Camping Food Basics
Generally speaking, camping food should be light, easy to pack, and easy to prepare, all of which will save you energy when you're out on the trail. Part of what makes typical food so heavy is that it's got a lot of water in it - predictably, most of the best camping food is dehydrated! This kind of food falls into three major categories: Non-Cook Foods, Just-Add-Water Foods, and Freeze-Dried Meals.
The latter two categories require you to have boiling water available for cooking. We recommend a small propane or iso-butane single-burner stove designed specifically for this purpose, which are sold at nearly all camping supply stores. Also, remember that it's good trail etiquette to pack out what you pack in - choosing things that don't have a lot of extra packaging or messiness will make your job much easier.
Non-Cook Camp Foods
Start preparing your camp food list by considering foods you don't have to cook! The most common form of this kind of camping food is a typical trail mix, but there are lots of other options to help keep your energy high and your cooking time down. Think about things that don't require refrigeration and pack easily, like:
- Beef jerky - a great source of salt and protein.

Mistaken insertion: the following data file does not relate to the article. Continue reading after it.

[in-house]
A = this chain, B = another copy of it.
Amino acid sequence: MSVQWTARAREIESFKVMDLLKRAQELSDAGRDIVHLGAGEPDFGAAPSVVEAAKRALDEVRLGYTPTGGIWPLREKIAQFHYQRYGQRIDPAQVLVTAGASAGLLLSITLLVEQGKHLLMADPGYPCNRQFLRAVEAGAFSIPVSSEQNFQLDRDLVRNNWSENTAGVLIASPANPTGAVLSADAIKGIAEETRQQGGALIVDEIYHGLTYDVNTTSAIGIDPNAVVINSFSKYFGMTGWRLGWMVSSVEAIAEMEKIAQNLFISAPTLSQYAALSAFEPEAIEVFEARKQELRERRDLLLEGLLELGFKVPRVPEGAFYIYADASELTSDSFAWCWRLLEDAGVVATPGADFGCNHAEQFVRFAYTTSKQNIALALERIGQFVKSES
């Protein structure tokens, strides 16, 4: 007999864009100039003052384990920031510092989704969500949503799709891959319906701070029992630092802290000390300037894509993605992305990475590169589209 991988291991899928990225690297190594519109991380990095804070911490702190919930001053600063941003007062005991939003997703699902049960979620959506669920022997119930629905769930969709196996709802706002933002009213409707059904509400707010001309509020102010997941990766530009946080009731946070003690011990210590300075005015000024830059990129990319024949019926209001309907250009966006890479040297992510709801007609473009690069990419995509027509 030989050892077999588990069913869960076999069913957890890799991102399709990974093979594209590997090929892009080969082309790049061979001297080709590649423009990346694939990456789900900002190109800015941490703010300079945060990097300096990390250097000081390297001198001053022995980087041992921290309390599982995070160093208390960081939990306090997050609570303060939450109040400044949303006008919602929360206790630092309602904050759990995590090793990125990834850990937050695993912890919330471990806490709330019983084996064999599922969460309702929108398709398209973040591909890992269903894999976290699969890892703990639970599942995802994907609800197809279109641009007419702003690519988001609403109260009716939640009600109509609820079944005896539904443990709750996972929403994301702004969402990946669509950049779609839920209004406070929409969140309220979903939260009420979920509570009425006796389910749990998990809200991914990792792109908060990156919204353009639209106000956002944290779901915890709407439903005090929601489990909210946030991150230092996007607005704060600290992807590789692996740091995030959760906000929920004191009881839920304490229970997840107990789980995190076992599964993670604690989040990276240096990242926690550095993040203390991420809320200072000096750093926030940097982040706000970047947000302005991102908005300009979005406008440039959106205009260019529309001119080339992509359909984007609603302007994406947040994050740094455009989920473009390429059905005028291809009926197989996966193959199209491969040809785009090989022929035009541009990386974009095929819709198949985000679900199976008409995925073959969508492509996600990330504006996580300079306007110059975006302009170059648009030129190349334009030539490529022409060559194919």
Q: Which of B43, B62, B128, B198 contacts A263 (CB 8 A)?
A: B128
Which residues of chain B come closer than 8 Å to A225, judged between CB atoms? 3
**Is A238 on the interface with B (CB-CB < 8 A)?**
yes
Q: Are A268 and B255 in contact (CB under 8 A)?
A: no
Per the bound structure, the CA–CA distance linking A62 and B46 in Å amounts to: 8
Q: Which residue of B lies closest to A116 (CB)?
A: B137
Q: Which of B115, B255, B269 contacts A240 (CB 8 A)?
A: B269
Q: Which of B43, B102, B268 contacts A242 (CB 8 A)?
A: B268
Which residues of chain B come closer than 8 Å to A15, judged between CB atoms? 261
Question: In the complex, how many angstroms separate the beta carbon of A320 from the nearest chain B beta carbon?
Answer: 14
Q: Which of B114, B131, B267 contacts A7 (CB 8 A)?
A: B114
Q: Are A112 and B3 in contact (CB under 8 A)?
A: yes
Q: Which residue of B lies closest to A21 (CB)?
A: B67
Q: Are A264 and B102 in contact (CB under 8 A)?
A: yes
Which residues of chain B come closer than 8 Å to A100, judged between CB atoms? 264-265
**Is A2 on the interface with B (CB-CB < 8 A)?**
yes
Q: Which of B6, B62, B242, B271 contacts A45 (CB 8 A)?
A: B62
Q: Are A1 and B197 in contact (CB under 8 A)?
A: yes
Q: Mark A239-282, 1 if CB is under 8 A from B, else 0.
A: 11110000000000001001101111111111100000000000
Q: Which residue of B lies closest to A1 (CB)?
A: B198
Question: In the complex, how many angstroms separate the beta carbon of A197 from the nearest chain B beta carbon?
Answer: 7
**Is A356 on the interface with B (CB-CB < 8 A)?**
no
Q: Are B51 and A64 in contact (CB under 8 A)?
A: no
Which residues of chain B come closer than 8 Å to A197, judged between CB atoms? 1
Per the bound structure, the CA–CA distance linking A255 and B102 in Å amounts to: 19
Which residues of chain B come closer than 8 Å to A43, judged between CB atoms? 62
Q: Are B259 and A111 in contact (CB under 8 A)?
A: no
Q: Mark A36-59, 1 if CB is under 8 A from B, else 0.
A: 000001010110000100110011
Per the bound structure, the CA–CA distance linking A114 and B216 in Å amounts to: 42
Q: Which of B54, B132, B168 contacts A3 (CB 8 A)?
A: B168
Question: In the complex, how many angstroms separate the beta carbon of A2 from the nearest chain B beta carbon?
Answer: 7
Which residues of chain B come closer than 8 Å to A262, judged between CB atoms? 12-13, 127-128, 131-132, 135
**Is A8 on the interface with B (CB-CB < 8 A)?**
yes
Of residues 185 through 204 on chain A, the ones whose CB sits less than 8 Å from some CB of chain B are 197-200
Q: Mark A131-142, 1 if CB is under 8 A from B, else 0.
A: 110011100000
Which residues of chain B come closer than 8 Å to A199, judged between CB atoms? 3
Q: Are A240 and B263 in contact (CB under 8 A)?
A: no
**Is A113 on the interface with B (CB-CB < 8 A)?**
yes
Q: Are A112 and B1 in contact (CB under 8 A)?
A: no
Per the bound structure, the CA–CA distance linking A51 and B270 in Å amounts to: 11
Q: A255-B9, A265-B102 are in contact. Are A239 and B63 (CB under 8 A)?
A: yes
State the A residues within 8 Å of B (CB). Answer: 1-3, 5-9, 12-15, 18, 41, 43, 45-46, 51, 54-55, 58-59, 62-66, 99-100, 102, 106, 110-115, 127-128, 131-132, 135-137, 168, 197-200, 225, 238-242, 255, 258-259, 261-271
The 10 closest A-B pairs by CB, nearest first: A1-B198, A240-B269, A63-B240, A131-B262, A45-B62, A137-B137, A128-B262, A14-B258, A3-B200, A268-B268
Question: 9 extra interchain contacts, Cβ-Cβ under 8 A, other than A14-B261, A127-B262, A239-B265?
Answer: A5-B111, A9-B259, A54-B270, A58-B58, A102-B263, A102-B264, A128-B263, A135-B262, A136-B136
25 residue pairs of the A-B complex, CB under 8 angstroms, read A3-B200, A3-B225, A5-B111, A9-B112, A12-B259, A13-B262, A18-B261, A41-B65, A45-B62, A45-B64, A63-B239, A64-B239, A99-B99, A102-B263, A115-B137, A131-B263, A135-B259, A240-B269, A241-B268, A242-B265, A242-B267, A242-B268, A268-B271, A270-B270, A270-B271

- Breakfast Bars - good for vitamins and carbohydrates.
- Dried Fruit - ***NOTE: Dried wolfberries (or goji berries, as they're also known) are easily portable and exceptionally good for you! They contain beta-carotene, Vitamins C, B1, B2, and other vitamins, minerals, antioxidants, and amino acids, in addition to significant macronutrients like carbohydrates, protein, and dietary fiber, making these tiny tasty treats something of a "superfood".
- Dry Cereals - healthy sources of vitamins and carbohydrates.
- Sausages & Hotdogs - another great source of easy protein.
- Cheeses - if eaten promptly, an excellent source of protein and Calcium.
- Flatbreads and Crackers - easier to pack than normal bread, great for carbohydrates and dietary fiber.
- Flavored Single-Serving Tuna Packets - easy to pack in and out
Just-Add-Water Camp Foods
A lot of foods you can find in the supermarket come in dried or powdered form. These can be great additions to your camping food list, too, provided you have a means to boil water out in the backcountry. Think about including:
Freeze-Dried Meals as Camp Food
In recent years, freeze-dried technology has come a long way. It's now possible to eat things like pasta primavera, eggs & bacon, beef stroganoff, and lots of other typical meal choices while you're out on the trail. These meals come in vacuum sealed pouches to which you simply add hot or cold water. Surprisingly, they're generally quite tasty; though a bit heavy on salt and carbohydrates, they can really add something to your backcountry experience. Look for companies like Backpackers' Pantry and Mountain House for the greatest variety and best flavors!